4. People

AHS will encourage the broadest inclusion of people and organisations.

5. Technology

AHS will promote the broadest pursuit of technology and innovation.

6. Safety

AHS will promote the greatest degree of safety that can be achieved by (and for) the application.

7. Non-Profit

AHS will be a non-profit organisation, with all income and property being applied solely to the objects of the society, as set forth in the constitution.

AHS Objectives

  1. To promote the science of surveying in the saltwater and freshwater environments, the adjacent shore and hinterland and to promote related sciences.
  2. To provide a centre for meetings and a channel for correspondence and the exchange of information between technologists and others engaged or interested in hydrography and related sciences.
  3. To promote and co-ordinate the study and practice of such sciences in all or any of their aspects; and to accumulate, extend and disseminate amongst the members of the Society and others information, knowledge and expertise relating thereto.
  4. To promote the better education and training of persons engaged in or intending to engage in the study of hydrography and related sciences.

Constitution of Australasian Hydrographic Society Limited

2010
Adopted 13 September 2010

“The Society” or “The Australasian Hydrographic Society” means the company of that name registered in Australia as a company limited by guarantee with ABN 86 101 591 502 and ACN 101 591 502.

To download the full text of the constitution please click on the cover page.

A Historical Perspective

The Australasian Hydrographic Society had it's beginning in The Hydrographic Society (THS) which was founded in 1972 with headquarters based at the University of East London, UK, The Hydrographic Society was an international learned organisation registered in the United Kingdom as a charitable concern and a company limited by guarantee. There were five autonomous national branches, in Australasia, the Benelux countries, Denmark, the UK and the USA. Regional representation was also maintained within the Australasian, UK and USA Branches.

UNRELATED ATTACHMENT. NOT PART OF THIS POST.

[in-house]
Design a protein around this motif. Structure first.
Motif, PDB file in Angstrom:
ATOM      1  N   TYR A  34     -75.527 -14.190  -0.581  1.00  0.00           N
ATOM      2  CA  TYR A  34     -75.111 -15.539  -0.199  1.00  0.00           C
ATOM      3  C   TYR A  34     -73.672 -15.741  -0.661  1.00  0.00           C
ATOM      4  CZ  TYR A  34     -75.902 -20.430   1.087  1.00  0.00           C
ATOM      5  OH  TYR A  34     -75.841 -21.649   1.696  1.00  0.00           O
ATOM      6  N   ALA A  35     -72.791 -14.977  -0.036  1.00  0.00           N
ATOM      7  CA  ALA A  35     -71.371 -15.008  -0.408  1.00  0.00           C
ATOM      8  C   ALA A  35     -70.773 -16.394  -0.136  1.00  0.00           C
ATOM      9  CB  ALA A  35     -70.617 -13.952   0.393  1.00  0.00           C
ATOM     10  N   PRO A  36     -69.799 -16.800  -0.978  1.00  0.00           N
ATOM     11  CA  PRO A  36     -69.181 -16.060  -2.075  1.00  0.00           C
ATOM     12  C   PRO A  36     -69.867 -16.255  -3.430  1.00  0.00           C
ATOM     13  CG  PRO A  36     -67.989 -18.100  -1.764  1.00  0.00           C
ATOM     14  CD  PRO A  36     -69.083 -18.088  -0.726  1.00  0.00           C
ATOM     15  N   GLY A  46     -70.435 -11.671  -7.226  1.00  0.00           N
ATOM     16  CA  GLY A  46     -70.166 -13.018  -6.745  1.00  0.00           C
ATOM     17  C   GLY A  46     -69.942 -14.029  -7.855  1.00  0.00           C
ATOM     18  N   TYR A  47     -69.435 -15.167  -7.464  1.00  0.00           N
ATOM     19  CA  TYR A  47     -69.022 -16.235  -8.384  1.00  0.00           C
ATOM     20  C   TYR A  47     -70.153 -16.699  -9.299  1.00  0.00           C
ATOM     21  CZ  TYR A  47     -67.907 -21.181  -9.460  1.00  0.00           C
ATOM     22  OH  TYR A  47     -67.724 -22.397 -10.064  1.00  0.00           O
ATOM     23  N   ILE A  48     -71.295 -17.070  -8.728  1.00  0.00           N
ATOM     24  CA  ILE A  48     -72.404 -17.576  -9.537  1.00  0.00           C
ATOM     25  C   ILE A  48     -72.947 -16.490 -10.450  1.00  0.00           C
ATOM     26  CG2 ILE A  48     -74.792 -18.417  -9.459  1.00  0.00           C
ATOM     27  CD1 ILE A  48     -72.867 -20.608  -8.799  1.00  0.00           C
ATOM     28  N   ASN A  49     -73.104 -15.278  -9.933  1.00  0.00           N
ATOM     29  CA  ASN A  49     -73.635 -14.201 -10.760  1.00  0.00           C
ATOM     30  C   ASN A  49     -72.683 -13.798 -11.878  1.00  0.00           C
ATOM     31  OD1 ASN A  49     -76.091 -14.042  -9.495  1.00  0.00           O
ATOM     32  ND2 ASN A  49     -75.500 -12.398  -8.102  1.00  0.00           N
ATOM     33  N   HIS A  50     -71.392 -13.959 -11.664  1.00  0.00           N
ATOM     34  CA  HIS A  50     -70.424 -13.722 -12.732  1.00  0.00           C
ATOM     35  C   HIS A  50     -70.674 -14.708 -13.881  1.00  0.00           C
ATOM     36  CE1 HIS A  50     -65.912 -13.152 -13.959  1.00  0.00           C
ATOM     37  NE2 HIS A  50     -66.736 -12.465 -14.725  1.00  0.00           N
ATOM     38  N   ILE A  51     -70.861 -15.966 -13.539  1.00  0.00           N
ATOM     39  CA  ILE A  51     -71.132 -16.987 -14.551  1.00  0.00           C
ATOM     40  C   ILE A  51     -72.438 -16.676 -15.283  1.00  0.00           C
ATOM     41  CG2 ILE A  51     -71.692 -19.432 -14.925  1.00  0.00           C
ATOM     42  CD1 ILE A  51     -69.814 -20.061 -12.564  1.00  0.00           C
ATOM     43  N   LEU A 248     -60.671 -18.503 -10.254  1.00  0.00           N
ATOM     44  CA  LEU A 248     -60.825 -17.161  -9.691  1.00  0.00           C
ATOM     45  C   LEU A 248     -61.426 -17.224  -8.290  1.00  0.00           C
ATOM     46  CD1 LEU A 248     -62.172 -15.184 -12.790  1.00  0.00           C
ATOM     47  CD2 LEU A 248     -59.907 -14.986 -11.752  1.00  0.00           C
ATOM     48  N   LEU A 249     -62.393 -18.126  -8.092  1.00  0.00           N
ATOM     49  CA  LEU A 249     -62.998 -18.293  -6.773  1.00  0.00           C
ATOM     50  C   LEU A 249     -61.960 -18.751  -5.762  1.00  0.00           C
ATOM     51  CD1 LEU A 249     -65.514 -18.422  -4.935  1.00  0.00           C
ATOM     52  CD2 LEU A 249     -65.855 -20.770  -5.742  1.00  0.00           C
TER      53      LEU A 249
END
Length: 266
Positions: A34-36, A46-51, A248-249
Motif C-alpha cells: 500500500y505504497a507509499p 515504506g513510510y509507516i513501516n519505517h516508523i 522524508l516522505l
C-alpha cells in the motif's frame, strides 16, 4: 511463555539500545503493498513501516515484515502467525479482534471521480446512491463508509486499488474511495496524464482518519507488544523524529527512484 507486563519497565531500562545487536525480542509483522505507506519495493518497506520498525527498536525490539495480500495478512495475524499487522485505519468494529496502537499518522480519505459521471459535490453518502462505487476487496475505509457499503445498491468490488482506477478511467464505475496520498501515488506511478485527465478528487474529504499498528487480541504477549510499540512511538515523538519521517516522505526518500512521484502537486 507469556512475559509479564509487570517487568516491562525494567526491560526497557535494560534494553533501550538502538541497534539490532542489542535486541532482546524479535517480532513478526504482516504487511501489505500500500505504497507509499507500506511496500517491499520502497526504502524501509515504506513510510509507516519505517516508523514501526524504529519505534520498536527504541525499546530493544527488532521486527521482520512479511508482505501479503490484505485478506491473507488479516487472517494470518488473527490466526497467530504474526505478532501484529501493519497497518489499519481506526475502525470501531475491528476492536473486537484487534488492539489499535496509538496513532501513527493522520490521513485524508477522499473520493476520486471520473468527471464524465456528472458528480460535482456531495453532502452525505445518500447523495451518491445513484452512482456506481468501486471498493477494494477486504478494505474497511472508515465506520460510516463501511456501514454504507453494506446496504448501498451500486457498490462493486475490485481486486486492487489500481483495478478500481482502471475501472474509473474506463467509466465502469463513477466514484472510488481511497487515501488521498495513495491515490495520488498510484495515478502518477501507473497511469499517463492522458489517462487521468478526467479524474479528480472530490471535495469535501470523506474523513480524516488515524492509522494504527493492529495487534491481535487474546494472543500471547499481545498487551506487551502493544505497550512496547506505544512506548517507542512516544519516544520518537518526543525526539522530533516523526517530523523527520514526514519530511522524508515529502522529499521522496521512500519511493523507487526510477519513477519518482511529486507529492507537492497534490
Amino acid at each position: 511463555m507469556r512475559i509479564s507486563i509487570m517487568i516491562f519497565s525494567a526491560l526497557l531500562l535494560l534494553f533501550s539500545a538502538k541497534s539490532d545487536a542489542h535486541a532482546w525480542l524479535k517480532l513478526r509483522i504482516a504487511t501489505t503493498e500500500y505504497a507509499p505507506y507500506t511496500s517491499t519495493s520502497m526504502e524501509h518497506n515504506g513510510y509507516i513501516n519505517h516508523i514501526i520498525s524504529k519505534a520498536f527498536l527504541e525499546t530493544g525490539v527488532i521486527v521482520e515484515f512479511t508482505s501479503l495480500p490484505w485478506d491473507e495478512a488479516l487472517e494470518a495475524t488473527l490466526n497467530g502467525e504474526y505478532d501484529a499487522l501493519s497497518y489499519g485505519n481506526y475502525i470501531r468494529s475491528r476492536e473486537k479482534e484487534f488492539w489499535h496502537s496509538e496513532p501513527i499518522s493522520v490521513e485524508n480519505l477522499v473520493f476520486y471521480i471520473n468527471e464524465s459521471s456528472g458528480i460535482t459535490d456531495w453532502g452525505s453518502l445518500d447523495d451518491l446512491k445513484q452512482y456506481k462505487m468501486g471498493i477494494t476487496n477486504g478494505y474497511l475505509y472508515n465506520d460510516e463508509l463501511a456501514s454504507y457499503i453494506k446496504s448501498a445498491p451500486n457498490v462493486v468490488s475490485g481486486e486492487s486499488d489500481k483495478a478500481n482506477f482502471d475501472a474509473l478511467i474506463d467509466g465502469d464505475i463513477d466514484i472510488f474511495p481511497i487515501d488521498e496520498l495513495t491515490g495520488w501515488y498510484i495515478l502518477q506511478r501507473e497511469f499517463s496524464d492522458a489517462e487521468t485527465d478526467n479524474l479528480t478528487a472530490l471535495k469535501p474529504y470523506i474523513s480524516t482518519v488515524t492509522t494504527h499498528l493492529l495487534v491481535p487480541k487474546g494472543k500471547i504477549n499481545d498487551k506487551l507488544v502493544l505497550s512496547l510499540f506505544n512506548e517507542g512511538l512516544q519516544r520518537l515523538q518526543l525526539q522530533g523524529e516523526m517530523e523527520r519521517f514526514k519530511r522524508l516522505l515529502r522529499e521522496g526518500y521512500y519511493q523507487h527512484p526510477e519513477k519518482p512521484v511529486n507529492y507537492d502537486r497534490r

Membership of THS was global and broadly based, being drawn from over 70 countries. Members, both individual and institutional, represent the fields of hydrography, oceanography, geophysics, civil engineering and associated disciplines at all levels of expertise. Organisations represented include contract survey companies, port authorities, government, military and public service authorities, petroleum companies, research and educational institutes, professional bodies and other learned associations, acoustic and electro-magnetic system manufacturers, dredging and salvage contractors, and surveyors in all sectors of private practice.

In 2000 it became apparent that the "branch structure" with the focus on the parent society was no longer serving the best interests of its members and the decision was taken at an Extraordinary General Meeting on 28th March 2001 on a proposal that:

  1. A new core organisation will be created, to be provisionally known as 'The Federation of Hydrographic Societies', membership of which will be open to autonomous National Hydrographic Societies together with individuals or organisations not represented by a national hydrographic society, and that
  2. Existing Branches of The Hydrographic Society be allowed to evolve into autonomous National Hydrographic Societies.

As a result the Australasian Branch commenced work to incorporate as The Australasian Hydrographic Society. The incorporation of AHS was completed on 05 August 2002 when it was registered as an Australian Public Company, Limited By Guarantee, ACN 101 591 502.